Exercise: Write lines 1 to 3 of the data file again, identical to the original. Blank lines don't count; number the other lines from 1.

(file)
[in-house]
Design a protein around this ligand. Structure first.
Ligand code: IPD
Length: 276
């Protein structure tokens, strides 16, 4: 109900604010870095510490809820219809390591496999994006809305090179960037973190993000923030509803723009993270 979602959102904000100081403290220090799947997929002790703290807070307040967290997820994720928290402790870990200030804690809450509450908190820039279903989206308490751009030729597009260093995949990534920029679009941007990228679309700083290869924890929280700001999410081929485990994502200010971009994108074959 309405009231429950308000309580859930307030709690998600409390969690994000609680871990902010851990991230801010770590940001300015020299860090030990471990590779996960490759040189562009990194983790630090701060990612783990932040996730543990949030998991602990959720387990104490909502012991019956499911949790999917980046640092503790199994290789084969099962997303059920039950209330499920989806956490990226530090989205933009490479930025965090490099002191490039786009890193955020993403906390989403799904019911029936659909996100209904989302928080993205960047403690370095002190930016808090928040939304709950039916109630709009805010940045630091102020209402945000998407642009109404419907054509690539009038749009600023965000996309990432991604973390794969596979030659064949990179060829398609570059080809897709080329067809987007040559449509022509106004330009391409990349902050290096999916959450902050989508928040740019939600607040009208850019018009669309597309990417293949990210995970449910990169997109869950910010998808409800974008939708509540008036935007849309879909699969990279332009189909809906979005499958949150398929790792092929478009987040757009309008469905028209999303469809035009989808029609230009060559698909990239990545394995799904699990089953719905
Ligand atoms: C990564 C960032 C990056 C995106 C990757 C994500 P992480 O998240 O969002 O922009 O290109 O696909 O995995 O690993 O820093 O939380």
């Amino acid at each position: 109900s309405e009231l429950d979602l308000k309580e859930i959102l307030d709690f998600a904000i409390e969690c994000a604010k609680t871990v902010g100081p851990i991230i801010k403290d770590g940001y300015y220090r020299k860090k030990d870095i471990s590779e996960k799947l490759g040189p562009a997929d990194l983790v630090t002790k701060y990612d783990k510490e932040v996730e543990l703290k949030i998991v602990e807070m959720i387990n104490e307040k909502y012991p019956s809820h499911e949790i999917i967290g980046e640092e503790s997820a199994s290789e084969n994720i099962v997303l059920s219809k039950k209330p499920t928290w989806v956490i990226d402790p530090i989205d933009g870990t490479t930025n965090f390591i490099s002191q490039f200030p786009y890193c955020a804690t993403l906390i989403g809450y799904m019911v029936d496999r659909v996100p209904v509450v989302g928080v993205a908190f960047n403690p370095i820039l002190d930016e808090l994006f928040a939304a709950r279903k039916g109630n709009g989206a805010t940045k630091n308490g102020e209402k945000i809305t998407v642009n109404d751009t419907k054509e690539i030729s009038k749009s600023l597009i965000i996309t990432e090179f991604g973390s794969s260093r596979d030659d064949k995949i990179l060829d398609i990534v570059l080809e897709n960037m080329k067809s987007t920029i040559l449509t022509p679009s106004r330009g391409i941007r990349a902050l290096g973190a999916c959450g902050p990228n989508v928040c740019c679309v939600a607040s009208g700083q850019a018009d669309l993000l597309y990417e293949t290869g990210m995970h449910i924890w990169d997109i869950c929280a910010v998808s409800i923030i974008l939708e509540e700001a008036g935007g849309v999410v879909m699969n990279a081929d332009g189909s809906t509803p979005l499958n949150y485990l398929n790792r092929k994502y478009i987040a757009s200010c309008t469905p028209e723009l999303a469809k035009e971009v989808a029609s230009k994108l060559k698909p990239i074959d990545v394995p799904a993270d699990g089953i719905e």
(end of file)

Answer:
[in-house]
Design a protein around this ligand. Structure first.
Ligand code: IPD